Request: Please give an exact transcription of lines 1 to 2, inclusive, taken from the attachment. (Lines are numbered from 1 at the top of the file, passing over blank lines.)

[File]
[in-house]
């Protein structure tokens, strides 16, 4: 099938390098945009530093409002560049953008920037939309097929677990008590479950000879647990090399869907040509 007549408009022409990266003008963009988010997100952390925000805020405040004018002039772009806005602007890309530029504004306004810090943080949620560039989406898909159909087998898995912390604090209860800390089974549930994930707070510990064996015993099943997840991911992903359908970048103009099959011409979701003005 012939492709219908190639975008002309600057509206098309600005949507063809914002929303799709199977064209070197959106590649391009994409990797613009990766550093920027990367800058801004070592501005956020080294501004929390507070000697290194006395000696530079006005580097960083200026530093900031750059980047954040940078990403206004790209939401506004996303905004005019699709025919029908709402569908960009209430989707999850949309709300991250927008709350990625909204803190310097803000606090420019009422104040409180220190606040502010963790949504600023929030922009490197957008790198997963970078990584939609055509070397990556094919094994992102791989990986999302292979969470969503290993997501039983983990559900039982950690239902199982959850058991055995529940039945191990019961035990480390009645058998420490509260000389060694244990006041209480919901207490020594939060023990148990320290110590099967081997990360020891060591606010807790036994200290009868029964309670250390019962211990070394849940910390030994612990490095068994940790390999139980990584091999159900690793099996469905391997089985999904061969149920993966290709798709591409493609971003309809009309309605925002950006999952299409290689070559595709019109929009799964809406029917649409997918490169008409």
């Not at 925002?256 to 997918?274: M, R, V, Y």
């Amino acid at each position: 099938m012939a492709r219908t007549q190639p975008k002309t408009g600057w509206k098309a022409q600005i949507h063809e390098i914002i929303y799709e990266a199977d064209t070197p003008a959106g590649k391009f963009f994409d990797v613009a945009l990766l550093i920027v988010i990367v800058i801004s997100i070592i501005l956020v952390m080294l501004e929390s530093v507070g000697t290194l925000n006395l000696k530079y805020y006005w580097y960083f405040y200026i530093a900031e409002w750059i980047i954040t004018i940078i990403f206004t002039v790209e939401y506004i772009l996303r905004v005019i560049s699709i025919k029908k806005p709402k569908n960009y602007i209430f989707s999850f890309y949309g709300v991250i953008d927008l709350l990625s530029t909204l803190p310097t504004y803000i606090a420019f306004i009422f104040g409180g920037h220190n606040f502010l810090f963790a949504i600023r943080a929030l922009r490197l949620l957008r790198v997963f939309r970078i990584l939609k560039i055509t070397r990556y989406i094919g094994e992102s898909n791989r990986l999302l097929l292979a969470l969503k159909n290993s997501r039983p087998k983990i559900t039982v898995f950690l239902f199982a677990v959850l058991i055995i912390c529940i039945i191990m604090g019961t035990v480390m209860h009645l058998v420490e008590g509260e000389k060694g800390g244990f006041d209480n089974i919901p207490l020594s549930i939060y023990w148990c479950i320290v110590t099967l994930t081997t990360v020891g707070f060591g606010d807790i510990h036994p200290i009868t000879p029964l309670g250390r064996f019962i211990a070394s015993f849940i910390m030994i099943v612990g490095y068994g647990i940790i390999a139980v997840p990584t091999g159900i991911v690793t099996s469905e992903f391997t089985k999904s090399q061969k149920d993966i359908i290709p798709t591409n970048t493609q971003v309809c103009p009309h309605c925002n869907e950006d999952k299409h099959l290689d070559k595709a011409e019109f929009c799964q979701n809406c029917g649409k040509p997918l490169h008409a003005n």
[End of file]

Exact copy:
[in-house]
């Protein structure tokens, strides 16, 4: 099938390098945009530093409002560049953008920037939309097929677990008590479950000879647990090399869907040509 007549408009022409990266003008963009988010997100952390925000805020405040004018002039772009806005602007890309530029504004306004810090943080949620560039989406898909159909087998898995912390604090209860800390089974549930994930707070510990064996015993099943997840991911992903359908970048103009099959011409979701003005 012939492709219908190639975008002309600057509206098309600005949507063809914002929303799709199977064209070197959106590649391009994409990797613009990766550093920027990367800058801004070592501005956020080294501004929390507070000697290194006395000696530079006005580097960083200026530093900031750059980047954040940078990403206004790209939401506004996303905004005019699709025919029908709402569908960009209430989707999850949309709300991250927008709350990625909204803190310097803000606090420019009422104040409180220190606040502010963790949504600023929030922009490197957008790198997963970078990584939609055509070397990556094919094994992102791989990986999302292979969470969503290993997501039983983990559900039982950690239902199982959850058991055995529940039945191990019961035990480390009645058998420490509260000389060694244990006041209480919901207490020594939060023990148990320290110590099967081997990360020891060591606010807790036994200290009868029964309670250390019962211990070394849940910390030994612990490095068994940790390999139980990584091999159900690793099996469905391997089985999904061969149920993966290709798709591409493609971003309809009309309605925002950006999952299409290689070559595709019109929009799964809406029917649409997918490169008409």